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The World Health Organization recently announced a big change to its International Classification of Diseases database, and that's good news for trans people.

The ICD is a centuries-old catalog tracking pretty much every medical condition you could possibly think of. With the release of its 11th edition, the WHO moved gender incongruence — the diagnostic term applied to trans people — from the catalog's mental health section to its new home under sexual health conditions.

In a video explaining the decision to reclassify the condition, Dr. Lale Say, the coordinator of the WHO's Department of Reproductive Health and Research, explains that recent discoveries helped inform the action.


GIF from World Health Organization/YouTube.

"It was taken out from mental health disorders because we had [a] better understanding that this wasn't actually a mental health condition, and leaving it there was causing stigma," she said. "So in order to reduce the stigma while also ensuring access to necessary health interventions, this was placed into a different chapter."

The WHO's official press release states that "evidence is now clear that it is not a mental disorder." In other words, there are specific medical needs associated with being transgender, so it didn't make sense to eliminate the diagnosis from the ICD completely. Exclusion from the ICD altogether could have resulted in trans people not being able to access things like hormone therapies and other transition-related care.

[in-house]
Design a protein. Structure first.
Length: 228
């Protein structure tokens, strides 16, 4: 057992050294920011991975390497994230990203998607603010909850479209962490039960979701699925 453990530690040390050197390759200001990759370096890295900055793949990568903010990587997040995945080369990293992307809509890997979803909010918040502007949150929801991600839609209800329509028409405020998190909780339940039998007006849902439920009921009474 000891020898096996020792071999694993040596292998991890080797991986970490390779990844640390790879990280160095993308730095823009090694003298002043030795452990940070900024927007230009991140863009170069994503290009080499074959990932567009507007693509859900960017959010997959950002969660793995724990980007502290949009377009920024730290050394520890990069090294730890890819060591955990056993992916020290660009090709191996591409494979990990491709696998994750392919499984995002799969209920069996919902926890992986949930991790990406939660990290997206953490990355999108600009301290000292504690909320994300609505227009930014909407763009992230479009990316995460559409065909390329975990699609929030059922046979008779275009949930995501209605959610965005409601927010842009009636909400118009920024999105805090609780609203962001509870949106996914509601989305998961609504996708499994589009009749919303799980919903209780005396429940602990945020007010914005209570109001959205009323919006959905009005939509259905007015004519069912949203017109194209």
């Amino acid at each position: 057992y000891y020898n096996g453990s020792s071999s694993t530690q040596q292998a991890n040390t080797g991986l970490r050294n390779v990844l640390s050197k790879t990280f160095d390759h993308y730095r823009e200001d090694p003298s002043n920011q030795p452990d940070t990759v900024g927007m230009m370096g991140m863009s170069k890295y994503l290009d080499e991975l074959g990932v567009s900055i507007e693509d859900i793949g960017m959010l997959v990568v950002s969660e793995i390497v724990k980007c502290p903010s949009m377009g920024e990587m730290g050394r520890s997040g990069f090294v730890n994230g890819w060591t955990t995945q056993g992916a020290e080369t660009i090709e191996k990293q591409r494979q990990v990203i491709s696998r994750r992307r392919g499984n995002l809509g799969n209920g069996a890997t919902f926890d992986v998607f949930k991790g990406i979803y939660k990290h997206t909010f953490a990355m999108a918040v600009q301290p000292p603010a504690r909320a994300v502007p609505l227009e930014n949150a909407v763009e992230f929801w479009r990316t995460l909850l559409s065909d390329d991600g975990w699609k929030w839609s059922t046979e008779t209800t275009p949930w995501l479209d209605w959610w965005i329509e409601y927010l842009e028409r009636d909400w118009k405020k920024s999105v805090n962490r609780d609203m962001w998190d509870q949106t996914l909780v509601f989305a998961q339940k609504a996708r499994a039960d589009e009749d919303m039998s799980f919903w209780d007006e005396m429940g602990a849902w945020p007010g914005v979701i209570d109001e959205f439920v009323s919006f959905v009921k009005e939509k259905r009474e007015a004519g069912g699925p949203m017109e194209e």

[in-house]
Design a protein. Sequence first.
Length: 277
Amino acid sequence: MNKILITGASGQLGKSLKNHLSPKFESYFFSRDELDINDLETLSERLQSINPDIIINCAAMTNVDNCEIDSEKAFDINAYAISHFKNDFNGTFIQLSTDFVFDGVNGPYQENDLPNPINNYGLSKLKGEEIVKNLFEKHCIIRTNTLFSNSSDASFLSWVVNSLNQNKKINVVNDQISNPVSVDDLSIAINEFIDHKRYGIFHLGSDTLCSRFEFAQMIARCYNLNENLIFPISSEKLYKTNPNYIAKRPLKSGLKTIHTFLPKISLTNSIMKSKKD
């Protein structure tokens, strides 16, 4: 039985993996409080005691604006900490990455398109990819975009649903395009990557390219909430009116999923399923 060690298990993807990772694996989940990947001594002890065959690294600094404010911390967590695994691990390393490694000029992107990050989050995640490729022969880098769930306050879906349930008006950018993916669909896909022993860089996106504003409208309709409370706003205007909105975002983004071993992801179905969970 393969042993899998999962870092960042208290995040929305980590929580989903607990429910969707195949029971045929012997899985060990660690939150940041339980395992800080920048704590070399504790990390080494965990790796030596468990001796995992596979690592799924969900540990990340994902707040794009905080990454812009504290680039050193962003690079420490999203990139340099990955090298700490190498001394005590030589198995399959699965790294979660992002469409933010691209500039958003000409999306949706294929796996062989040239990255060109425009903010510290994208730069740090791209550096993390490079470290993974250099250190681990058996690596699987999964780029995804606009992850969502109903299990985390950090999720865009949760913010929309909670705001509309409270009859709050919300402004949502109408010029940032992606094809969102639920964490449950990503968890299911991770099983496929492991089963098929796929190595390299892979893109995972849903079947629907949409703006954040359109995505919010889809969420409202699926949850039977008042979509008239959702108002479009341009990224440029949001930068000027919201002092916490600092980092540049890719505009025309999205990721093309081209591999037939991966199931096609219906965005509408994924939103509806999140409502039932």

WHO's move echoes that of other medical organizations that have come out in support of trans people in recent years.

As WHO's release says, it is clear that being trans is not a mental disorder. Still, there's a strong misconception that persists. In 2014, the American Psychiatric Association updated its Diagnostic and Statistical Manual of Mental Disorders (DSM) classification for trans people. What was once called "gender identity disorder" was updated to "gender dysphoria." Why the change? It's actually pretty similar to WHO's rationale:

"DSM-5 aims to avoid stigma and ensure clinical care for individuals who see and feel themselves to be a different gender than their assigned gender. It replaces the diagnostic name 'gender identity disorder' with 'gender dysphoria,' as well as makes other important clarifications in the criteria. It is important to note that gender nonconformity is not in itself a mental disorder. The critical element of gender dysphoria is the presence of clinically significant distress associated with the condition."